No, the JVM checks the Object type in this case which is Dog, and finds the closest declared method called method, which it finds as part of the Dog class. In this Dog method
the method for Dog takes an Array for an argument as apposed to an Var-arg. This is totally ok
Stephen Davies
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Vinayagar Karpagam wrote:
Are you sure the code compiles? As far as I believe the compiler wouldn't allow the call when reference type is not parent type.


Have you tried, it compiles for me!
Nitish Bangera
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yes i tried the code and it compiles fine.... Well i have seen many codes using this anonymous instantiation procedure. now i want to know how the compiler checks the methods in this case?
Anastasia Sirotenko
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Nitish Bangera wrote:no reference variable then also the compiler will get to the method with parameter String... .

reference variable serves only as link to real object on the heap. That's all.
Compiler get all the information about hierarchy of the class based on the invoked class constructor. So you say new Dog() means that you creating a new Animal, particularyly Dog and expect that all the Dog's methods will be available for you. As Dog is-a Animal, all inherited Animal's methods will be available as well. Compiler does know it just from your new Dog() invocation.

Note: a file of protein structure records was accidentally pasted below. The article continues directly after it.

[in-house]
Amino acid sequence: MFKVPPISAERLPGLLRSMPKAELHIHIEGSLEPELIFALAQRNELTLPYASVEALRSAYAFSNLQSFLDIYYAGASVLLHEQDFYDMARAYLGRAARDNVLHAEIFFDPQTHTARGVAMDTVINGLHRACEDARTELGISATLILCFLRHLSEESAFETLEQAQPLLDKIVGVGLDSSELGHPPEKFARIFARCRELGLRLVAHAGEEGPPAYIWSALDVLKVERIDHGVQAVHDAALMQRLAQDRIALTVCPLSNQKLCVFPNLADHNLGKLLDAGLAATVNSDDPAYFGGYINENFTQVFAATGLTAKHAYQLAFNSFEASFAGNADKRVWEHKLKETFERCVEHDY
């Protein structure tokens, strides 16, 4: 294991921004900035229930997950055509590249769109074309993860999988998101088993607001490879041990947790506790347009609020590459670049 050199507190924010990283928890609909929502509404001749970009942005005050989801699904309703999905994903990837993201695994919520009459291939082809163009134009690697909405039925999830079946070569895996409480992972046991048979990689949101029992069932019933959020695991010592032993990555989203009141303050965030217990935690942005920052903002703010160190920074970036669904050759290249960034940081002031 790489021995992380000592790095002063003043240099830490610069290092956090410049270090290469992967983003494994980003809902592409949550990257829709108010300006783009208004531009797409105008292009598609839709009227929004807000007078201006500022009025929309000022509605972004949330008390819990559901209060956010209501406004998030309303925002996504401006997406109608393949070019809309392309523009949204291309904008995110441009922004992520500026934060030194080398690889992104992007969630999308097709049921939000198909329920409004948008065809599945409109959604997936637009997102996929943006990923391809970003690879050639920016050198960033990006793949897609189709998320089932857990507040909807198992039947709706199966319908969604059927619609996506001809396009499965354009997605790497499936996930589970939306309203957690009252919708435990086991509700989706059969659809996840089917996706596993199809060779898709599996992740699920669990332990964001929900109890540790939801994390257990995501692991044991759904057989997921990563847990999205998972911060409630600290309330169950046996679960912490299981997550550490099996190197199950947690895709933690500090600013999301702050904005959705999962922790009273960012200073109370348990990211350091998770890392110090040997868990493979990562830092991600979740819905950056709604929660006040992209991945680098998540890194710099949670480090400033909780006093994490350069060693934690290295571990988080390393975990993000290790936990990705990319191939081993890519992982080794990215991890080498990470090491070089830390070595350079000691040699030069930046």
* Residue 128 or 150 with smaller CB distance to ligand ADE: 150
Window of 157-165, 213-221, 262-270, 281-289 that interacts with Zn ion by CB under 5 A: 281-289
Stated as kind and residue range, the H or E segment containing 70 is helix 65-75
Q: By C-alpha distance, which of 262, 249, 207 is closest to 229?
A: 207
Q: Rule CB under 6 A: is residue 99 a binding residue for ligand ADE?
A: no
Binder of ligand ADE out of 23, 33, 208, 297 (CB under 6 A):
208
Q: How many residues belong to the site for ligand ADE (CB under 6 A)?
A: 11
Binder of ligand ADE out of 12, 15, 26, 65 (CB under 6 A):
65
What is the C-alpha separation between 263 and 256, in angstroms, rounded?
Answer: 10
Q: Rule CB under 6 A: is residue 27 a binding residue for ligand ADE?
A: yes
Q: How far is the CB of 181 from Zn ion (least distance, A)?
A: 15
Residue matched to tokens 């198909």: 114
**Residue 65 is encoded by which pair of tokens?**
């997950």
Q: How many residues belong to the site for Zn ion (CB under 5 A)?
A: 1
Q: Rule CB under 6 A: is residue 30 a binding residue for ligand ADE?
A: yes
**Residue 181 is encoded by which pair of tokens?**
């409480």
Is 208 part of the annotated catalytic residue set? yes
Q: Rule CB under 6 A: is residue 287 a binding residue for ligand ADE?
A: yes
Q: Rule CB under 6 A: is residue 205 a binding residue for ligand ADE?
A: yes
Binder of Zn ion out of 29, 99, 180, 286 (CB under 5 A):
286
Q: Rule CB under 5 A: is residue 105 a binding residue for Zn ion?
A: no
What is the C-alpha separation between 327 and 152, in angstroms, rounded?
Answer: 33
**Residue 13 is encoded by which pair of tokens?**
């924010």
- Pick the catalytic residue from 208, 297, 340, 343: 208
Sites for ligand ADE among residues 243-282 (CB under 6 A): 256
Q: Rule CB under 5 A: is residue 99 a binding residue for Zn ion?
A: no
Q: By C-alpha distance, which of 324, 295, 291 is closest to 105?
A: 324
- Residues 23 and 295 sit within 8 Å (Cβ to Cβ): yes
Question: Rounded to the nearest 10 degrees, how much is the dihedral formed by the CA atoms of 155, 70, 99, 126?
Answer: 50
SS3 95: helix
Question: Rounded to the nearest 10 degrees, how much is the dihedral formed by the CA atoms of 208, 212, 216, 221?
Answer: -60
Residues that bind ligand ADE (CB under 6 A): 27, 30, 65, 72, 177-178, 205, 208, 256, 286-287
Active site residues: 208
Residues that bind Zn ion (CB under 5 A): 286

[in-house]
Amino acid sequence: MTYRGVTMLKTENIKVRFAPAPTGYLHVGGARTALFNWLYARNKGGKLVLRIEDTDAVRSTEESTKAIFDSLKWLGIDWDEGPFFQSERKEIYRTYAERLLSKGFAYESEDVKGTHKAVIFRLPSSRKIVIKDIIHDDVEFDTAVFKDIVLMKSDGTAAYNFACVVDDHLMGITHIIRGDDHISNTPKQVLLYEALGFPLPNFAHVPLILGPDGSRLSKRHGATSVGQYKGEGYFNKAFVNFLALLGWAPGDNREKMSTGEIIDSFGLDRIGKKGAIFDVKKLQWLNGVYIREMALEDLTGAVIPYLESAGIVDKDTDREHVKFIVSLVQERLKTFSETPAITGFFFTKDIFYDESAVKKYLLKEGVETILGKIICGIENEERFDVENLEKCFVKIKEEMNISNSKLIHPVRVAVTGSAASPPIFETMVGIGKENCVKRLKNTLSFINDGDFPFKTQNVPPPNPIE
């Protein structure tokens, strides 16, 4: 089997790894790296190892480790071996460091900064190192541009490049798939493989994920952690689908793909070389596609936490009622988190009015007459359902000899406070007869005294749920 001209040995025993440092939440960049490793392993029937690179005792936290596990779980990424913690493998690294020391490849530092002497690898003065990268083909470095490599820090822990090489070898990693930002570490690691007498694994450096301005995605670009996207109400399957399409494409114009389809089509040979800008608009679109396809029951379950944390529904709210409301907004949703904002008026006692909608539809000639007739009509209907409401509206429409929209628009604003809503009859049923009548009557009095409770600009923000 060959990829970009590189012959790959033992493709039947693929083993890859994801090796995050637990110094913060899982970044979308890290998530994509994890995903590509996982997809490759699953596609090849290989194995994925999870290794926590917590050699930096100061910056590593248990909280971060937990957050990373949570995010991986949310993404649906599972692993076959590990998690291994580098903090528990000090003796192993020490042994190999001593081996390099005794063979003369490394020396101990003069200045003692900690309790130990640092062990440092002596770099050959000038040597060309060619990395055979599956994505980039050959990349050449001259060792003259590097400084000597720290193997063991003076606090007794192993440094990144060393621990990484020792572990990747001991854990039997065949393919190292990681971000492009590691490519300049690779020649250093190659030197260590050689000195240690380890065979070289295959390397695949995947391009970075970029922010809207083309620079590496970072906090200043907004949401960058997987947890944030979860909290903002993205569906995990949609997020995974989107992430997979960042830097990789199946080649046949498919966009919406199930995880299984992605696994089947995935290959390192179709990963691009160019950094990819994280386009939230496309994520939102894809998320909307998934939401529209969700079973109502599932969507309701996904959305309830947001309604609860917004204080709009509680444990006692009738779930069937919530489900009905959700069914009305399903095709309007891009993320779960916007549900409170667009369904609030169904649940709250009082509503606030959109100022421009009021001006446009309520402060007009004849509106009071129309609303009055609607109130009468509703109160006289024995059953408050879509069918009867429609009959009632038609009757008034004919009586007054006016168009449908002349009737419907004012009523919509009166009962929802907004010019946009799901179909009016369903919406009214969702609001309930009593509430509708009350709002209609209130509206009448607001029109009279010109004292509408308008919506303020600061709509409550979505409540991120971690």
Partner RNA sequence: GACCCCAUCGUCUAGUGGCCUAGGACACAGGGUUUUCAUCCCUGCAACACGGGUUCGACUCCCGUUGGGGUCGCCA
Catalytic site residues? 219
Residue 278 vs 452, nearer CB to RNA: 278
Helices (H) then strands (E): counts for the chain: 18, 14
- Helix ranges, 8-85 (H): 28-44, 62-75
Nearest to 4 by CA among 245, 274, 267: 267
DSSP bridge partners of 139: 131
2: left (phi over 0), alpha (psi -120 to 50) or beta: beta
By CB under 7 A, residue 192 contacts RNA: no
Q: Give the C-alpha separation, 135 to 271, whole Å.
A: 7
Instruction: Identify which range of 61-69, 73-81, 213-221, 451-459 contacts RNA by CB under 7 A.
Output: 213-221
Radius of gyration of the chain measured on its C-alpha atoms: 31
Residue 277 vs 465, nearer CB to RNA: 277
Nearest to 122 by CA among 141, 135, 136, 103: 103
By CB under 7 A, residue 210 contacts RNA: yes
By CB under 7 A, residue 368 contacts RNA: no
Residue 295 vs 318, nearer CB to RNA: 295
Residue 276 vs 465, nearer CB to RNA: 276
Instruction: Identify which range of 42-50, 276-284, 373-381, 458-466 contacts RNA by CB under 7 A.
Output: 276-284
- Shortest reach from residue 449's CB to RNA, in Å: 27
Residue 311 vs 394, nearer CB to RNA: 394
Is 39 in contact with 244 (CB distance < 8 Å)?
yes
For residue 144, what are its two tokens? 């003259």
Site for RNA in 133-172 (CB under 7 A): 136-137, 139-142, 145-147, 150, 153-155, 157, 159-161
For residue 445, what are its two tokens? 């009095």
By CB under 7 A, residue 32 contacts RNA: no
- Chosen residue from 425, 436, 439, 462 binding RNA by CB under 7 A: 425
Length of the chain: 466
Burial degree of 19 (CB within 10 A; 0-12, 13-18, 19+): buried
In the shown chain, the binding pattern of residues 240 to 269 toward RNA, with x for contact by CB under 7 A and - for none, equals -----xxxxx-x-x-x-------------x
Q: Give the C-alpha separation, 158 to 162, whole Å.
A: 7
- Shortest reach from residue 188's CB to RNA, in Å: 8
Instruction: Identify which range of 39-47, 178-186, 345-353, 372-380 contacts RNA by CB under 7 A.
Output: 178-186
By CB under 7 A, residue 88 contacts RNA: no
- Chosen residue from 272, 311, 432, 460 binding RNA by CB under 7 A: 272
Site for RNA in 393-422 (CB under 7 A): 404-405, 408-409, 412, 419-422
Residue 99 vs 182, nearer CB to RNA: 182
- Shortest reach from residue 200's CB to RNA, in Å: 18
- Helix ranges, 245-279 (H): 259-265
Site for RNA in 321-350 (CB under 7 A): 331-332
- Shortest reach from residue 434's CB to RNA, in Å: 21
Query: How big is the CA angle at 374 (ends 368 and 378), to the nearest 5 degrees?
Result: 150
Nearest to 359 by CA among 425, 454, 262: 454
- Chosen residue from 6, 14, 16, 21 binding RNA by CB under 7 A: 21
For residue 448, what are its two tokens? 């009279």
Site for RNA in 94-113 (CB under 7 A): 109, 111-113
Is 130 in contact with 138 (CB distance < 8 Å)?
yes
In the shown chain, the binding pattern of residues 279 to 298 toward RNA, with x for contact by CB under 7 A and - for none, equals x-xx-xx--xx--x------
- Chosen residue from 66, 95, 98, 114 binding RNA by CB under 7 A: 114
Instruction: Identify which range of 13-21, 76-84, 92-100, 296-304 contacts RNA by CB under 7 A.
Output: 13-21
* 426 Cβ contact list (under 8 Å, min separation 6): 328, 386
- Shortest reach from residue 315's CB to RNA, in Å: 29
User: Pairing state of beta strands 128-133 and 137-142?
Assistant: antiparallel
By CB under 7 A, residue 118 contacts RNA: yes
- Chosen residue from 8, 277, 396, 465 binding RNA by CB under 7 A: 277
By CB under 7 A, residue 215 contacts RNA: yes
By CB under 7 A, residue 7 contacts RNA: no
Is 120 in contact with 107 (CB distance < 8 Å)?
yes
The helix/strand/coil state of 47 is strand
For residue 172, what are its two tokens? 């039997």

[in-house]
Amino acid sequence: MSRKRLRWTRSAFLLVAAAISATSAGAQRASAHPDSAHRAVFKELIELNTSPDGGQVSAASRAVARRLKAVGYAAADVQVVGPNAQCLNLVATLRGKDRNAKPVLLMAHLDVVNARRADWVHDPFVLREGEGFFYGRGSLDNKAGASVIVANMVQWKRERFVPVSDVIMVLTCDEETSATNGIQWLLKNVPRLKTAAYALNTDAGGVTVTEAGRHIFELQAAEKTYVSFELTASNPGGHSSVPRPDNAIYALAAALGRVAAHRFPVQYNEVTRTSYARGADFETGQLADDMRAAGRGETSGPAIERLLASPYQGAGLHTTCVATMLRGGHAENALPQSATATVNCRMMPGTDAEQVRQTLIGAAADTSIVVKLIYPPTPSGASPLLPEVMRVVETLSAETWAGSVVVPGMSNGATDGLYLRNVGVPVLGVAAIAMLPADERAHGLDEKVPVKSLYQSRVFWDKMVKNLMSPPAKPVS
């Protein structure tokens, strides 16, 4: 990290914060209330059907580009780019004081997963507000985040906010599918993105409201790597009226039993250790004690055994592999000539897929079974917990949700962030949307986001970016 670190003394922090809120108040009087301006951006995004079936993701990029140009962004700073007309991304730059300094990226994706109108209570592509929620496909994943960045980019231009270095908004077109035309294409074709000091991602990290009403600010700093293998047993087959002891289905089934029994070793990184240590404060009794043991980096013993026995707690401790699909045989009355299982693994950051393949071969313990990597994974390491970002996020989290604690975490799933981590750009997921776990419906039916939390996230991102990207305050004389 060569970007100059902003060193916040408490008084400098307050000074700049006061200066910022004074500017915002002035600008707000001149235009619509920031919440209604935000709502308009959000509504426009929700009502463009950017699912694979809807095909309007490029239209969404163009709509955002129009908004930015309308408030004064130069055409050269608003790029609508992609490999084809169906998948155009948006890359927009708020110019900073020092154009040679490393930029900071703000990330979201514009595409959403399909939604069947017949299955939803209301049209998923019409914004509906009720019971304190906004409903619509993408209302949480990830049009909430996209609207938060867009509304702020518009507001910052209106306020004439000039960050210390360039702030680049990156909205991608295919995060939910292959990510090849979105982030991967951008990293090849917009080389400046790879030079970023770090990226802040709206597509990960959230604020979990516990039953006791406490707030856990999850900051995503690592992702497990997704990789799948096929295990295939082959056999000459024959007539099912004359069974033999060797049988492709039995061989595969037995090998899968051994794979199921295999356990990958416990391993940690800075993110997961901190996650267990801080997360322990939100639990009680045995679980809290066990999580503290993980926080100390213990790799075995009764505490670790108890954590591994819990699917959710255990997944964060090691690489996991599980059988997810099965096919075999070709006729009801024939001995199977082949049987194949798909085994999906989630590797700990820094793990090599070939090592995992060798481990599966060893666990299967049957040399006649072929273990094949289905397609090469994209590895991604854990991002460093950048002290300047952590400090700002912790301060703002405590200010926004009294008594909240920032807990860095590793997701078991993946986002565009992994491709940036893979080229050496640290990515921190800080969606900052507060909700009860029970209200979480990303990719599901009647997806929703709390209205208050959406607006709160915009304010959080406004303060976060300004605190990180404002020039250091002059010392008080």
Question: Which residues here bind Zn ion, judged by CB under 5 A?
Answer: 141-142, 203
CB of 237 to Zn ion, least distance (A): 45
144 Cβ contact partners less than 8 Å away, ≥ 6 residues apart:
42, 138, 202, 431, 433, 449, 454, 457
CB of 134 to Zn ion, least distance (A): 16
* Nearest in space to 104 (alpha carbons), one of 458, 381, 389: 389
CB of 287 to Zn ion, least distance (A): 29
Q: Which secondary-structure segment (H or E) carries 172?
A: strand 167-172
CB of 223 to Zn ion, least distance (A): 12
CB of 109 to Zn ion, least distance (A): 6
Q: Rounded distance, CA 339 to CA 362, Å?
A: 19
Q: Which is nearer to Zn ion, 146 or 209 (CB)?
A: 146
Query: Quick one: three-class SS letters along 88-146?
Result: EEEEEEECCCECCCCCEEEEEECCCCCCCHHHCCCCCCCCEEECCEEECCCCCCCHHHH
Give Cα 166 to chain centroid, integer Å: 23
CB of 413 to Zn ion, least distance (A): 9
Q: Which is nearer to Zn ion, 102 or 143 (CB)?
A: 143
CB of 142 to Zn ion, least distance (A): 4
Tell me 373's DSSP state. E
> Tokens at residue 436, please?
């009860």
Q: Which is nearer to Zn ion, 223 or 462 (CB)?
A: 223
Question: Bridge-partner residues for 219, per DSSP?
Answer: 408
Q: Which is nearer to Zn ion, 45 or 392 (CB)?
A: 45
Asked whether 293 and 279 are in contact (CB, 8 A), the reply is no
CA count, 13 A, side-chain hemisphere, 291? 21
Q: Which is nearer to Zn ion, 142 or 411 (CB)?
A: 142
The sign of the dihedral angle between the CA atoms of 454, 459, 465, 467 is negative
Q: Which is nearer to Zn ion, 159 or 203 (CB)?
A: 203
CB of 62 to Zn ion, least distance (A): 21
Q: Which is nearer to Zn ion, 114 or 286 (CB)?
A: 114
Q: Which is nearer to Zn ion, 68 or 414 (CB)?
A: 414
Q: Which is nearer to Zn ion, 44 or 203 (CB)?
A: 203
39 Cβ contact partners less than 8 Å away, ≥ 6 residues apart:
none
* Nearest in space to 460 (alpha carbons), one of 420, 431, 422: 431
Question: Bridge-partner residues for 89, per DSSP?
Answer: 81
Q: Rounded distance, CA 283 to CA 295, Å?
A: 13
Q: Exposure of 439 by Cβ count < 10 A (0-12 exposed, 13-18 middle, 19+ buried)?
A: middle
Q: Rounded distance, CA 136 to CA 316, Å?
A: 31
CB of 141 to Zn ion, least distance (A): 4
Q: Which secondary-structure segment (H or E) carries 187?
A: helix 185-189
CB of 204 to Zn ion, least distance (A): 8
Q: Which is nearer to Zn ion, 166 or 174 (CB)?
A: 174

Once more: the reference variable is just a link to you new Dog object, nothing more.

With the case of Animal animal = new Dog(); animal.method(); you tell compiler that all you need is Animal object and you dont care what object it realy is as far as it is-a Animal and has Animal's methods to invoke on it. so when your Animal doesn't have method(String... s) and your Dog has it, you just told compiler by Animal animal = new Dog() that you are not interested in all those Dogs or Cats and wish only general Animal implementation, so with no match for method(String... s) compiler tell you Animal have no such thing. But If your Animal has the String... method and your dog has String... or String[] method - then compiler sees you invoke existing method on Animal and at runtime will be the Dog's overriden method run.